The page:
Stand Firm Or Not At All

If you do not stand firm in your faith, you will not stand at all. (Isaiah 7:9, NIV)

Have you ever heard the old saying, “If you don’t stand for something, you’ll fall for anything”? Well, in Isaiah 7:9, the Lord told the Israelites something very similar: “If you do not stand firm in your faith, you will not stand at all.” We live in a time and place in which standing firm in your faith in Jesus is becoming less and less popular. If you believe the Bible is true and Jesus is the hope of the world, you are labeled as intolerant, narrow-minded, and actually immoral (I, personally, find it a bit ironic that the group of people who claim there is no such thing as objective morality is the very same group telling Christians we are immoral because we stand firm in our faith–but that’s a topic for another post).

My guess is that most of you (if you’re at all like me) read a verse like Isaiah 7:9 and think about not compromising on all the truths of Christianity–especially the moral truths taught in Scripture that have become highly politicized and divisive in our “tolerant” society. And, yes, it is good to remember that we must stand firm in the truths and doctrines of our faith–not compromising God’s Word or our commitment to it. If the Bible is true, then it is true whether or not it’s politically correct, whether or not it’s popular, and whether or not I like it. If the Bible is true, then it’s true. Period. We can’t change what is true simply because it doesn’t suit us. We can reject it, rebel against it, turn away from it, or try to convince ourselves otherwise, but that doesn’t change what is true. Ultimately, Christianity is not about believing what is palatable and makes us feel good about ourselves. Christianity is about discovering and living by what is true, even if it’s hard truth (in that way, Christianity is more committed to truth and reality than our “enlightened” and “scientific” society).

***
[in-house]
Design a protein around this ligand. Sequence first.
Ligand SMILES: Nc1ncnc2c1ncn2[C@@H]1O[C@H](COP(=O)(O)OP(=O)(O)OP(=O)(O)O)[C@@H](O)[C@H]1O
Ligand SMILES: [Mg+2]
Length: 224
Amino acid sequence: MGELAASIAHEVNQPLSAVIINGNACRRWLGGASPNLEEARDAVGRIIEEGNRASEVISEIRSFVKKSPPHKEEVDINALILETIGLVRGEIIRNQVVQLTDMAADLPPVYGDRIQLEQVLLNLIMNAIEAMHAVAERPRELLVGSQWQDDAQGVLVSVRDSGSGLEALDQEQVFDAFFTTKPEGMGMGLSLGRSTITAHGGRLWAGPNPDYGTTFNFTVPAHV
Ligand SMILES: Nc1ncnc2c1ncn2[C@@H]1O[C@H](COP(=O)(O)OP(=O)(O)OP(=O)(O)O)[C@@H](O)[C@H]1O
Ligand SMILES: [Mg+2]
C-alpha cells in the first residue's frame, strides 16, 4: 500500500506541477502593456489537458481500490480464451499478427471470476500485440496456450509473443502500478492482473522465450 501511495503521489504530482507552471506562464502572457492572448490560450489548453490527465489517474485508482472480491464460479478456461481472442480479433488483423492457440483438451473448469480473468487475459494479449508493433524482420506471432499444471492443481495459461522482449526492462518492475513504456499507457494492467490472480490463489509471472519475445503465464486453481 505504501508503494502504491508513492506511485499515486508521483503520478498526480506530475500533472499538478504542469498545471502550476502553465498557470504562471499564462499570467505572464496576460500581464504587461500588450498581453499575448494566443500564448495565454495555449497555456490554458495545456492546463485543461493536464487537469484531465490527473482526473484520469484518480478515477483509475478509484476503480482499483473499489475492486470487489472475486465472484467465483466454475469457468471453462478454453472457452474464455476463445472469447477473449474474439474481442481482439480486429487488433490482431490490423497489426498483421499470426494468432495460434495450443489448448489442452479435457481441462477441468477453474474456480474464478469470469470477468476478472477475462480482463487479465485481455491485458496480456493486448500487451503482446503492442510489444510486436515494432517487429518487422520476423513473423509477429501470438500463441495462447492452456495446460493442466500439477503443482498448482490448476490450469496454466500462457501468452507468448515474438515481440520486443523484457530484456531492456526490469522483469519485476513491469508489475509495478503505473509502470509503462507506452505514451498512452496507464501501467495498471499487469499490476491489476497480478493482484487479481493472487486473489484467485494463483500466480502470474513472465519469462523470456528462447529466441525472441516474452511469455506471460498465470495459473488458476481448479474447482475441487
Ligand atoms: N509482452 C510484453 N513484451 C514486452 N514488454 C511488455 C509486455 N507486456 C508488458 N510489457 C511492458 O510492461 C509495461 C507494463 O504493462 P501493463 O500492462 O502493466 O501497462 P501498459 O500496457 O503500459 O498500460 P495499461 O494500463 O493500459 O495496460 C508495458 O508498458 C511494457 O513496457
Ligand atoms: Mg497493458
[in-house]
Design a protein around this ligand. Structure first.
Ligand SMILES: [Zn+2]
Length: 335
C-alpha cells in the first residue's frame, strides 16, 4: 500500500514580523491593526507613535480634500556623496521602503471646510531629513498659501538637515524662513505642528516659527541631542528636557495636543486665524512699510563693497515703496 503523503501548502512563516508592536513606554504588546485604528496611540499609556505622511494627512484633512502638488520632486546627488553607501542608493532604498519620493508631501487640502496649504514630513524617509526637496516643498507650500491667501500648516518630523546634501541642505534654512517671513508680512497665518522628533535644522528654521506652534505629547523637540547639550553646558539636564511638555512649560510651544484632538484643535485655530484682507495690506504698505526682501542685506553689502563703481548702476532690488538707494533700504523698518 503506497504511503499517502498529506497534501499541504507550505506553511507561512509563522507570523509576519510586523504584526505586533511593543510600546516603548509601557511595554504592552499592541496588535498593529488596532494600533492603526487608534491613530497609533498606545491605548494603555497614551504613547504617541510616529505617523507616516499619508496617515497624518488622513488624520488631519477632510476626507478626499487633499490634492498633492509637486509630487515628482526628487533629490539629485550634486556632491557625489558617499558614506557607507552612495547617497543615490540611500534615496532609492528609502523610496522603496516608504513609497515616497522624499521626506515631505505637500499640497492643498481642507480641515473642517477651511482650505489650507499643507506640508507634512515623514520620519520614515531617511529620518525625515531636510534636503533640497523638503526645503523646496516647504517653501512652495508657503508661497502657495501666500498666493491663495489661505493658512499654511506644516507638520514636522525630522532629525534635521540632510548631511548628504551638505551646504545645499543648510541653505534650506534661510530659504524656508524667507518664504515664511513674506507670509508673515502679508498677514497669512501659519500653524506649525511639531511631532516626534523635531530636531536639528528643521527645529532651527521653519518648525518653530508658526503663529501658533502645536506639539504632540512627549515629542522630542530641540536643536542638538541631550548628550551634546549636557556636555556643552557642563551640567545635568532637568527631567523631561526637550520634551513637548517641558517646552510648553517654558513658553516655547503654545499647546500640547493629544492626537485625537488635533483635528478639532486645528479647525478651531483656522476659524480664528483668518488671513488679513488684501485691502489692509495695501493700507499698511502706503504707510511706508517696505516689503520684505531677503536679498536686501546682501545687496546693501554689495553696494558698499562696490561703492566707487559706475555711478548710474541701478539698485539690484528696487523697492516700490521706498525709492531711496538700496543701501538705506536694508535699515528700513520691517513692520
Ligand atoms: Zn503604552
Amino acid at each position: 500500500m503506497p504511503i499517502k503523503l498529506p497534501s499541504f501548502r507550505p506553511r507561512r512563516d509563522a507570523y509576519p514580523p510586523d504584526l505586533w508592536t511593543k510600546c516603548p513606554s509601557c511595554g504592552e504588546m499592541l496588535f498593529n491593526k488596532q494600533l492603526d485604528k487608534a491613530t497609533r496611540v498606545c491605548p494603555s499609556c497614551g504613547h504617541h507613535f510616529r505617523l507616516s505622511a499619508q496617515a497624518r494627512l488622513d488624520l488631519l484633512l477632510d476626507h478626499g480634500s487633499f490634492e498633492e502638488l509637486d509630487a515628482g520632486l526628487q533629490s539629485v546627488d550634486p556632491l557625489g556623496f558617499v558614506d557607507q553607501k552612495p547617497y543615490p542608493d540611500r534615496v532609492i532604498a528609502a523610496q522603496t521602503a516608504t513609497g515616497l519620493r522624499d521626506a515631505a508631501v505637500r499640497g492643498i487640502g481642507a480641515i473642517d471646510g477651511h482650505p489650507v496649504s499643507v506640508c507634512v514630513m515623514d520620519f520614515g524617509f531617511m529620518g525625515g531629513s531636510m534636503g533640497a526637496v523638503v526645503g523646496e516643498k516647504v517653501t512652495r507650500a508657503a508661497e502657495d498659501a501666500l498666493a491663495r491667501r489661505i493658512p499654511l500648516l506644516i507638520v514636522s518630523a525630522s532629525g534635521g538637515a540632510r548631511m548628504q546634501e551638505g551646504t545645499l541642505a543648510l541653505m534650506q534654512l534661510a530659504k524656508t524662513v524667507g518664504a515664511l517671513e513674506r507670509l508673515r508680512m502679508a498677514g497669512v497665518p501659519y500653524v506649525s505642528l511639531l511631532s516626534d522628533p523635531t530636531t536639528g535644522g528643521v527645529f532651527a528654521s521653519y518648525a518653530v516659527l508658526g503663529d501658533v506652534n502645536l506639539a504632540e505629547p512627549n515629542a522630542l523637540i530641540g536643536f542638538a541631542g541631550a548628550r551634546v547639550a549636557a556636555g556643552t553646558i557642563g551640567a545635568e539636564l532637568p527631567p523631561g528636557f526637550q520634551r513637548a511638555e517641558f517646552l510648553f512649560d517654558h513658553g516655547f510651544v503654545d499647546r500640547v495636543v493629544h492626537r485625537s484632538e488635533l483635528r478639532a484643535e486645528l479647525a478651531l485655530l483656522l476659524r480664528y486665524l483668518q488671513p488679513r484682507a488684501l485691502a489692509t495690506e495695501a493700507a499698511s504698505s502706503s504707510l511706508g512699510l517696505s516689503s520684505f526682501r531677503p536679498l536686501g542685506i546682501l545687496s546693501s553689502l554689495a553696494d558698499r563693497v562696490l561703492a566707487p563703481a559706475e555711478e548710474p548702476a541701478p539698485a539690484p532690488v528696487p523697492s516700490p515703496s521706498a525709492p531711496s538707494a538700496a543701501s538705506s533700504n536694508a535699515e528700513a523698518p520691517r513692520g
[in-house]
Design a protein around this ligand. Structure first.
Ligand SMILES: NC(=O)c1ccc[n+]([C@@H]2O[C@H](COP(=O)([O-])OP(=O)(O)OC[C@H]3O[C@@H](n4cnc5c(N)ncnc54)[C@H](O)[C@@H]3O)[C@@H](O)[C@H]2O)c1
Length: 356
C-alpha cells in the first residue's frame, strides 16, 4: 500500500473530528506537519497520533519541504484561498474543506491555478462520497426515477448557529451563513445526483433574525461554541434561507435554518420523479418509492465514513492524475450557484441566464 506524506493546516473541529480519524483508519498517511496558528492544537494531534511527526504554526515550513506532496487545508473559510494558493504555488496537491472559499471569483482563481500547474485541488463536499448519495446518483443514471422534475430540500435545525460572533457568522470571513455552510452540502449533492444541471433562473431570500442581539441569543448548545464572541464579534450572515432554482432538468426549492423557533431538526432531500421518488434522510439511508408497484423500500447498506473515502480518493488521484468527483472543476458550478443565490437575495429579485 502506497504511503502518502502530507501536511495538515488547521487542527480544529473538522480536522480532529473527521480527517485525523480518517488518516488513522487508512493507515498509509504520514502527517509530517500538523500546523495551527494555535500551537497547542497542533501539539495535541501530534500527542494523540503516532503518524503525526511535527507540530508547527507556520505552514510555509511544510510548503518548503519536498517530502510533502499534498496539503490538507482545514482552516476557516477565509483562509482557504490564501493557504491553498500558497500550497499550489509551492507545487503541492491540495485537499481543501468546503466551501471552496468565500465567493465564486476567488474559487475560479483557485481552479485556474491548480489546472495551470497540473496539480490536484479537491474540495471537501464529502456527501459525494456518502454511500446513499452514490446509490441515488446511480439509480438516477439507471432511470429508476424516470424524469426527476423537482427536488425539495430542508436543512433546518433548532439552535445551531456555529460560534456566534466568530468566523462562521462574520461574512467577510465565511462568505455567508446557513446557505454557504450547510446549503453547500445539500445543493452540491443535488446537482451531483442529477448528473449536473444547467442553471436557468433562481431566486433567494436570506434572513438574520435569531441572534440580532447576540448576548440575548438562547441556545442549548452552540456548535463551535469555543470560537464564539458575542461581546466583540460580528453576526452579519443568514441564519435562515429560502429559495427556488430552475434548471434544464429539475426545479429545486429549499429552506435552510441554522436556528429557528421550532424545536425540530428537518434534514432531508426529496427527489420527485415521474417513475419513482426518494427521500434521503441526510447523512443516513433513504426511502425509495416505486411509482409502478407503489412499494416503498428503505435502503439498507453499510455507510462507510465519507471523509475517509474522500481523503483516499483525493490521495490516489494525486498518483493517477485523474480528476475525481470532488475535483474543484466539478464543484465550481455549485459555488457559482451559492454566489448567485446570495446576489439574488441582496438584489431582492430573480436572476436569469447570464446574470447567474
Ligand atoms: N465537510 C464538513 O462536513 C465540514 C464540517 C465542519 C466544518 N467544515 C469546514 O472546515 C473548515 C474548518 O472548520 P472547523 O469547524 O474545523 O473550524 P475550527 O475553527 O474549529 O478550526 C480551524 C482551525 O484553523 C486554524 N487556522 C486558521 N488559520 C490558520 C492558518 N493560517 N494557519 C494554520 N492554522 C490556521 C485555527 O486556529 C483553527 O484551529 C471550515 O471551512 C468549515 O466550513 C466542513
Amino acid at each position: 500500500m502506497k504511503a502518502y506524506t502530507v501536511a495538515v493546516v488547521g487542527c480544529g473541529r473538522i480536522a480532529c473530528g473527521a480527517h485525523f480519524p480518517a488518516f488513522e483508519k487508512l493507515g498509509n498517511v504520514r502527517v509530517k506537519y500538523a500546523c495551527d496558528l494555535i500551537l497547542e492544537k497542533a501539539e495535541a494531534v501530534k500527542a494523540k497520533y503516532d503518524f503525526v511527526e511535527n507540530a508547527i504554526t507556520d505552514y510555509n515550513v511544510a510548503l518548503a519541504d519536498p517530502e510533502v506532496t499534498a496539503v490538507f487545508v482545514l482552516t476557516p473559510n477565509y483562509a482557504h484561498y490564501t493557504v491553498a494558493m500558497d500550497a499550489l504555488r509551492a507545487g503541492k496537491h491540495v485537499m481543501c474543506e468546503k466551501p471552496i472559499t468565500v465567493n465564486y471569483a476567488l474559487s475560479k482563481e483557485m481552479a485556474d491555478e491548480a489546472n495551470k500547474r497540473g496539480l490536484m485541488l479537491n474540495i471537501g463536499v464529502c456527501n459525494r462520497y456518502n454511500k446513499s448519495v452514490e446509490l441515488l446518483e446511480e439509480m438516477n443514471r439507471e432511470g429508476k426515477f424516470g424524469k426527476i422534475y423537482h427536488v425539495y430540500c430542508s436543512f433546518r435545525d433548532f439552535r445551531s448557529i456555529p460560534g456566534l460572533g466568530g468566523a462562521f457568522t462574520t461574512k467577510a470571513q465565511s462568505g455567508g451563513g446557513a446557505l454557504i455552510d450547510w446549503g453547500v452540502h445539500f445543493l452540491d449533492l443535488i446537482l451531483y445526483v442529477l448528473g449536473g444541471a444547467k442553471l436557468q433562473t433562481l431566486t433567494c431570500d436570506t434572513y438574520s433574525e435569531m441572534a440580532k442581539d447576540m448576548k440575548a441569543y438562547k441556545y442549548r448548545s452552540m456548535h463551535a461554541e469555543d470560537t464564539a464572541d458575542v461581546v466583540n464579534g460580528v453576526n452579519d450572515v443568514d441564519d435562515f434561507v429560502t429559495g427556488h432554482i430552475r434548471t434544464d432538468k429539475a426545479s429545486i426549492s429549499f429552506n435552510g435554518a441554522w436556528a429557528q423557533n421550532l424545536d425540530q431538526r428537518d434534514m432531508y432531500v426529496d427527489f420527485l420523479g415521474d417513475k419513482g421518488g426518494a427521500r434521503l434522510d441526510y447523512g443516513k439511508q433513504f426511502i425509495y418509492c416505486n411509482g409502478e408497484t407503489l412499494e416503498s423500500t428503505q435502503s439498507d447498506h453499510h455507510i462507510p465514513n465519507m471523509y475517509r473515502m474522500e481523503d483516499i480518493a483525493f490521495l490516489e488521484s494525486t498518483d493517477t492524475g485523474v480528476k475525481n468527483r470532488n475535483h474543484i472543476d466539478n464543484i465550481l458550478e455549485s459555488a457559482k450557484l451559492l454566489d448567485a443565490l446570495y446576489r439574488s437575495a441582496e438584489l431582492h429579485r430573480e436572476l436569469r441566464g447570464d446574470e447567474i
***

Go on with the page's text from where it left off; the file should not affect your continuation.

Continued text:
But that’s not actually the point I wanted to make in this post (even though it’s a message we all need to hear from time to time). When I read Isaiah 7:9, the Lord brought to my mind that faith = trust. Faith is not necessarily believing a set of true propositions or a list of doctrinal statements. This is especially the case in the context of Isaiah 7. When the Israelites were facing the threat of powerful neighboring kings who wanted to invade them, God wasn’t telling them, “Don’t worry about these stronger nations that want to declare war and destroy you. Stand firm in propositional truths and doctrinal statements, and you’ll be fine.” God’s word of encouragement to his people was, “Keep calm. Don’t be afraid. Don’t lose heart. Trust Me. Don’t try to take things into your own hands. Don’t panic and do something stupid. I’ve got this. If you don’t stand firm in your trust in Me, you won’t stand at all.”

God’s point was to trust Him. I believe every Christian should grow in their knowledge and understanding of Scripture and theology. We should know what we believe and why we believe it. We should grow in our ability to answer questions, explain our beliefs, and defend our Christianity (see 1 Peter 3:15). But, we must love God with our hearts as well as our minds. In the day of trouble when our hearts quail, when darkness seems to overtake us and we can’t see a way out, God has not left us only arguments and propositions to cling to. He has given us Himself. And it is His Holy Spirit within us Who is the sign and the seal on our hearts, marking us as children of God. It is His presence and the relationship we have with Him that gives us the strength to defend our faith, to hold fast to the truth of God’s Word in a world that is quickly turning against it. If we don’t stand firm in Him, in our trust in Him, in our relationship with Him through His Holy Spirit in us, then we won’t stand at all–no matter how logical our arguments are.

My prayer for the week is that God will be more than a proposition or concept to you, and your relationship with Him will be added to your understanding of his Word.

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